Mayor’s 2019 CDT Redemption Hike Day 67

Mayor's CDT Redemption Hike 2019-Jetpack

Day- 67
Date- August 25, 2019
Location- Rawlins
Elevation- 6,699 ft
Distance Traveled Today- 16.8 miles
Distance Traveled Total- 1,248.9 miles
Weather/Temp- clear, windy, 70s, 80s
Injuries- tender feet
Pain level- moderate
Spirits/Morale- tired
Wildlife encounters- pronghorn
Days without shower- 0
Days without laundry- 1
Hunger/craving- none


Today was a little different than most days. Jetpack and I were up and hiking by 4:45 am. Today’s task was to connect our footsteps from where we hitched into Rawlins the previous day. In the dark of early morning we headed north on Hwy 287 for nearly 17 miles. We hiked at a blistering pace without any breaks – finally reaching our target spot on the trail by a little after 9 am. From there, I sat down on the side of the road again while Jetpack did the hitching.

It took 20 minutes before a father and son (towing a horse trailer) pulled over and gave us a lift into town. From there we grabbed breakfast, and still had time before checking out of our room.

Looking Ahead

The plan was to hike another 15 miles to a reservoir and call it a day. However, I was having some shooting pains in my right foot. Quite frankly, I also had a lot of work to do on the journals and blog. Hence, I decided to stay another night and get work done.  Jetpack hiked out with plans for us to meet in Encampment, Wyoming in two days. This will require me to hike about 65 miles in two days. I’m banking on being able to manage that. As of right now, I’m only 100 miles from Colorado. I’m greatly looking forward to getting there within the month of August. Colorado is the last big obstacle of this trail…

Journal Writing

On another note, keeping up with these daily journals is exhausting. Please allow me to share some insights about what goes on behind the scenes of this process. It adds a level of difficulty to the hike that’s hard to convey. I wish I could accurately keep track of how much time is spent on these, as well as how much sleep and free time I sacrifice to keep up with them. I know it may sound like I’m patting myself on the back or expressing frustration… But to be honest, I’m using this as an example of what I talked about yesterday in regards to finding personal meaning and fulfillment.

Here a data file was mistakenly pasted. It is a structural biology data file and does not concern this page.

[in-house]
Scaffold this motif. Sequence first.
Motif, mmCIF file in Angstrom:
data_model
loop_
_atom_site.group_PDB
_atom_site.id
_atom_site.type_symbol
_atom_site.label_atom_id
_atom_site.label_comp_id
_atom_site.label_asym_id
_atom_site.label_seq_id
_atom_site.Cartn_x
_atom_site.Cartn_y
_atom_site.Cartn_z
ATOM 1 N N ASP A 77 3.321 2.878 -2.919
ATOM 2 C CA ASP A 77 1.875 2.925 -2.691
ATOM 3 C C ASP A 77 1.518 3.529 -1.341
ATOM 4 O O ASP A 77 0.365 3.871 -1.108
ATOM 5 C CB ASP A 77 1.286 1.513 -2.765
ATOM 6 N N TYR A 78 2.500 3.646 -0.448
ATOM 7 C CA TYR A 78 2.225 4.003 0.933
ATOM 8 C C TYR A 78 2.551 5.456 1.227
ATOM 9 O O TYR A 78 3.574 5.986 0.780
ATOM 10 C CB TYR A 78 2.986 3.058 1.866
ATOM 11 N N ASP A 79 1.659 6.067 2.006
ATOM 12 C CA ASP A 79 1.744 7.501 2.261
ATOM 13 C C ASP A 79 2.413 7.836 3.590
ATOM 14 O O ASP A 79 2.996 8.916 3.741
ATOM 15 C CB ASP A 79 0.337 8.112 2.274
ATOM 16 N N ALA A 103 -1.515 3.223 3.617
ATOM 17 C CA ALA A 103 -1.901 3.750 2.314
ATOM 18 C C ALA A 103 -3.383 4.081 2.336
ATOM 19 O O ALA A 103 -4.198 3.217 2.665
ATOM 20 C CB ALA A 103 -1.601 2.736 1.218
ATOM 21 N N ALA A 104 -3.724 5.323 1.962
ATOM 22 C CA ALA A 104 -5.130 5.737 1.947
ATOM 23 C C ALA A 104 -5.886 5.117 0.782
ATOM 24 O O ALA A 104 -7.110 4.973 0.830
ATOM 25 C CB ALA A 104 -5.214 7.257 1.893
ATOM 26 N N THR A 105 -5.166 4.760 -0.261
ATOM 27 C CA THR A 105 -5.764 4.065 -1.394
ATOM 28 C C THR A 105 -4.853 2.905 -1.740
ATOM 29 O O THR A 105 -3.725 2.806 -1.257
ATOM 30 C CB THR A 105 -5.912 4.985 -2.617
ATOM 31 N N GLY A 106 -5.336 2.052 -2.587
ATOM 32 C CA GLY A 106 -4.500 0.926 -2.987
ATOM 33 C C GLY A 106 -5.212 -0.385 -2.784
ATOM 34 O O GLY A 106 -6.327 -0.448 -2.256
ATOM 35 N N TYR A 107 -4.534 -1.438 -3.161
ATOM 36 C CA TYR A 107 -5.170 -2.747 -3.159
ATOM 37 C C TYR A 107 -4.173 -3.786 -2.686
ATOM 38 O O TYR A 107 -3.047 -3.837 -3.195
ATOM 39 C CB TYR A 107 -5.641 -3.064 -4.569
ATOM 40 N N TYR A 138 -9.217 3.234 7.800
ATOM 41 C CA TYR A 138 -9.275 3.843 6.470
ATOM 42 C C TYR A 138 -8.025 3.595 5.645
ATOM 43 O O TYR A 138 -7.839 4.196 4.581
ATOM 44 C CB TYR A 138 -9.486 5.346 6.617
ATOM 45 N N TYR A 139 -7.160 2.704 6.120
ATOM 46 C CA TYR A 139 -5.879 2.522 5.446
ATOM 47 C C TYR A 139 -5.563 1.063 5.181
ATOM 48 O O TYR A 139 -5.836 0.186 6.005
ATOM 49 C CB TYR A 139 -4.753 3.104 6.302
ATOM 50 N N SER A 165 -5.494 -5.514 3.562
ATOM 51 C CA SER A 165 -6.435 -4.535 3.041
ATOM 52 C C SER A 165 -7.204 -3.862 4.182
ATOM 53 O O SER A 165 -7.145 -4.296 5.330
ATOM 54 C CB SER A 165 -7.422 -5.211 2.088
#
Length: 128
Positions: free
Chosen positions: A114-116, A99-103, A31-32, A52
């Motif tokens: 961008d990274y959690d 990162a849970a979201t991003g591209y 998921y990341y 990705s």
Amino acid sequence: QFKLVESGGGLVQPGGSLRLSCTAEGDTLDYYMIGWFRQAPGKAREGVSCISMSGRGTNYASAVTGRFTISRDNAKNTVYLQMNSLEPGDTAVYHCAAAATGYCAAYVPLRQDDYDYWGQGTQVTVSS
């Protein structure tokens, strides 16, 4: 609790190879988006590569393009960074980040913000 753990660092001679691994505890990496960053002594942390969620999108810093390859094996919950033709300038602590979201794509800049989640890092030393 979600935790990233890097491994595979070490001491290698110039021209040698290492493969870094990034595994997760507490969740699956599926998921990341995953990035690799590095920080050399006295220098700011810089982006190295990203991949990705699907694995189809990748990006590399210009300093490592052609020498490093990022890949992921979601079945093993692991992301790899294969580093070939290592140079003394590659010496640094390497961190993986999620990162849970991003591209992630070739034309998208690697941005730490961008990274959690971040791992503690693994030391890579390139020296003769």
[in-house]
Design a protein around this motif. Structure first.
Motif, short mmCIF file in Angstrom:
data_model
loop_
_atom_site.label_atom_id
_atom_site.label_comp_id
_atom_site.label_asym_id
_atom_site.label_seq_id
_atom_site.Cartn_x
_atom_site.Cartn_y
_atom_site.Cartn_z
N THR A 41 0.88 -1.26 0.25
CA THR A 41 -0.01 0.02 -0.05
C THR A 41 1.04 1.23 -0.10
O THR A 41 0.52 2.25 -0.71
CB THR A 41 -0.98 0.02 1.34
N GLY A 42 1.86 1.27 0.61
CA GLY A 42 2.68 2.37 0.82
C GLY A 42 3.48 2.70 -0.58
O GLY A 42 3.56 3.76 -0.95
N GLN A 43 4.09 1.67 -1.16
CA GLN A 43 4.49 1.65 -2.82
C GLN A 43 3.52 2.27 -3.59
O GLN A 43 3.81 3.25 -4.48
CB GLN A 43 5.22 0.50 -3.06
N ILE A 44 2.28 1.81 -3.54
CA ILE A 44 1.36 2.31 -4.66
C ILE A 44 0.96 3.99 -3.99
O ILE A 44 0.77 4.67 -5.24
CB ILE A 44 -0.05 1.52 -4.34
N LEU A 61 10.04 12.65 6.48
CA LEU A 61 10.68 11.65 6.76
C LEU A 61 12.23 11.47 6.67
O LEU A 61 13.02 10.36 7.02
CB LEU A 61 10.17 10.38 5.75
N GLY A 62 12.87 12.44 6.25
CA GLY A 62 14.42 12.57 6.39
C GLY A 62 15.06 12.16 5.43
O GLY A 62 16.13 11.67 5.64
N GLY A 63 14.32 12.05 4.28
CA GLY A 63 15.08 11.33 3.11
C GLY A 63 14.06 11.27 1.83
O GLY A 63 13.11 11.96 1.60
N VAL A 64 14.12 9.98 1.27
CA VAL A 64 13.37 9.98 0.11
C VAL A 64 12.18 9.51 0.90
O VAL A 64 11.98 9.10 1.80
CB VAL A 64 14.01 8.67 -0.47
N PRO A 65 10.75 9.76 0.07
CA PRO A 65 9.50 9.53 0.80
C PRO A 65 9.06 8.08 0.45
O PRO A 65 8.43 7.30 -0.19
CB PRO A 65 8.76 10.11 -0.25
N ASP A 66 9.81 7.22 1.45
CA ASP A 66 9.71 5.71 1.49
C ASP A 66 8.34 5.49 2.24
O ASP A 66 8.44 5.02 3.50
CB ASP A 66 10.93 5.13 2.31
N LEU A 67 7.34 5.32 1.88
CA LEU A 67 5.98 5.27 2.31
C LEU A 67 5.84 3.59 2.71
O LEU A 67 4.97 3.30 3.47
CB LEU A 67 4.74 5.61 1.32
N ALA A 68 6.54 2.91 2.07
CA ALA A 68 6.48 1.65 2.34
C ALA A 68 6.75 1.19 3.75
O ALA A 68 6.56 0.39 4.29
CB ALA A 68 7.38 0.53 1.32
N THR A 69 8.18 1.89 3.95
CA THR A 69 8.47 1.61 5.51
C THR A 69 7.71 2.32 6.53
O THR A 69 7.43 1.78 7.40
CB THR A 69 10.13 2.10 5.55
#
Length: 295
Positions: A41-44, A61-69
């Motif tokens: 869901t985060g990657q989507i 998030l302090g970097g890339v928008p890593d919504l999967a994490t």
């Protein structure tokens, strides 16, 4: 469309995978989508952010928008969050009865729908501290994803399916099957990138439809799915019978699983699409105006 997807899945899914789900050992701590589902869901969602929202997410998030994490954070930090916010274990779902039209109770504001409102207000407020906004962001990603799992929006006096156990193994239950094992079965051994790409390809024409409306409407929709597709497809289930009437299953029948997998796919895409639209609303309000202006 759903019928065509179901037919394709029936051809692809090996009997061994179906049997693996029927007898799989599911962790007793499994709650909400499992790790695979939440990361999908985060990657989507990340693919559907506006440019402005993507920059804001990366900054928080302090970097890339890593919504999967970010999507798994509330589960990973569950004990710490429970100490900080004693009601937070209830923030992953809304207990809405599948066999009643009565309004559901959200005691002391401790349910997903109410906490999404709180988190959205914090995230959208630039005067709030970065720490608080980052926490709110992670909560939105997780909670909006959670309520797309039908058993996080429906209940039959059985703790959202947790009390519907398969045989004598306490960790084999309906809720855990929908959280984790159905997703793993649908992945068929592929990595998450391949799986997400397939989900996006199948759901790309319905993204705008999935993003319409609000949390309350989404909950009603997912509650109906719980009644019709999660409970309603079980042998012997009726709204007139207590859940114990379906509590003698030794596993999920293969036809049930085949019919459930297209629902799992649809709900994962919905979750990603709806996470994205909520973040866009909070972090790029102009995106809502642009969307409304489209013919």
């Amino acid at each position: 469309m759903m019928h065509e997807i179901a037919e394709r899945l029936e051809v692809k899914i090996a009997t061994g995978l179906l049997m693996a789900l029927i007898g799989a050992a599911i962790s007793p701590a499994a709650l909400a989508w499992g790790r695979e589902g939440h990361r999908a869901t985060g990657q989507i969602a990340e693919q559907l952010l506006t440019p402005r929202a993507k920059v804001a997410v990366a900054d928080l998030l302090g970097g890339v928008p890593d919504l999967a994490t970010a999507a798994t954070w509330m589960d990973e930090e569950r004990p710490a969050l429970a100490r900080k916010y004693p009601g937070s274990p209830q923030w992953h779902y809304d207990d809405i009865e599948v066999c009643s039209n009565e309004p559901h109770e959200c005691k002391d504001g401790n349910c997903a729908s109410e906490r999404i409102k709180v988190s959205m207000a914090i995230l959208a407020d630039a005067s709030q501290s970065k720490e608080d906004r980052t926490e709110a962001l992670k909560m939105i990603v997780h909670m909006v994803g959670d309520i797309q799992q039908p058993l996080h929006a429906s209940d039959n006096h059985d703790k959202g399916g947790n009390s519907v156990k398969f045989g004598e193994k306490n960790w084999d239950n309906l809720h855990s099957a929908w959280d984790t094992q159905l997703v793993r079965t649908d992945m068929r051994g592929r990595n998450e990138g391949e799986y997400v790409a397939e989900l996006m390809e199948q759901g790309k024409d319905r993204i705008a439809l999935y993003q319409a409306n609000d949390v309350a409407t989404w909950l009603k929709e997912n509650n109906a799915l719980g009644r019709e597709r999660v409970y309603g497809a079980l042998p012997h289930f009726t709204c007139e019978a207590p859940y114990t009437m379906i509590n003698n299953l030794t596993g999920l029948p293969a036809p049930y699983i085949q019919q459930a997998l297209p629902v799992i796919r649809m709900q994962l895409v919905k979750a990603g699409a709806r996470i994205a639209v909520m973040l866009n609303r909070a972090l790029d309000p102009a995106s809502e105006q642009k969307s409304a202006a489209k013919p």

Writing these journals each night out here isn’t easy. It isn’t fun staying up every night when I just want to sleep. Additionally, it’s not fun sitting in a motel room all day on my zero days trying to edit, fine tune, sift through and upload photos/journal entries, and manage a blog from a cell phone; knowing I could be exploring or hanging out with other hikers, making new friends, and experiencing new things instead. I would absolutely rather be doing all of those other things than this.


I derive an immense sense of purpose, fulfillment, and meaning from communicating about day-to-day life on the trail … while maintaining a record of what I see, do, and experience out here. It also gives me immense joy to share the journey with you the best way I can. The sacrifices made to bring these words and images to you are well worth the extra burden and difficulty they add to this journey.  It ultimately enriches my existence to know that others are finding joy, inspiration, information, and hopefully the courage to pursue similar adventures or endeavors of their own.

So after the hiking, this is what I’ve been working on all day. Not this post exclusively, but everything from the past week. The 24-hour challenge threw a major wrench in my productivity. Tomorrow, I’ll head out as early as I can manage, with plans to get as many miles over 30 as I can. We’ll see how it goes.

You can read my current and past posts, and see my photos by clicking this link and going to

Go to CDT Day 68.

Go to CDT Day 1


  1. Kyle, I am thoroughly enjoying this adventure of yours. Just as I did when you were on the AT and the Florida trail.
    And I’m currently reading Racing Winter on the PCT…
    Much love to you, my friend …

  2. Happy belated birthday! I want to thank you for all your efforts on your blog. I look forward to reading them daily, and I’m wishing you every success in completing the CDT this time. I’ve been following you since reading your first book a couple years ago, enjoying and learning from you. I’m section hiking the PCT in Washington, and of course day hiking whenever possible. I mention you every day when backpacking, and probably on every day hike also, as I did yesterday on my hike at Mt Rainier. I was telling my hiking partner how I’m interested in hiking the Wind River range, after we finish the PCT next summer. Thanks for all the info, and allowing us into your wonderful world of enjoying and revering the beautiful outdoors.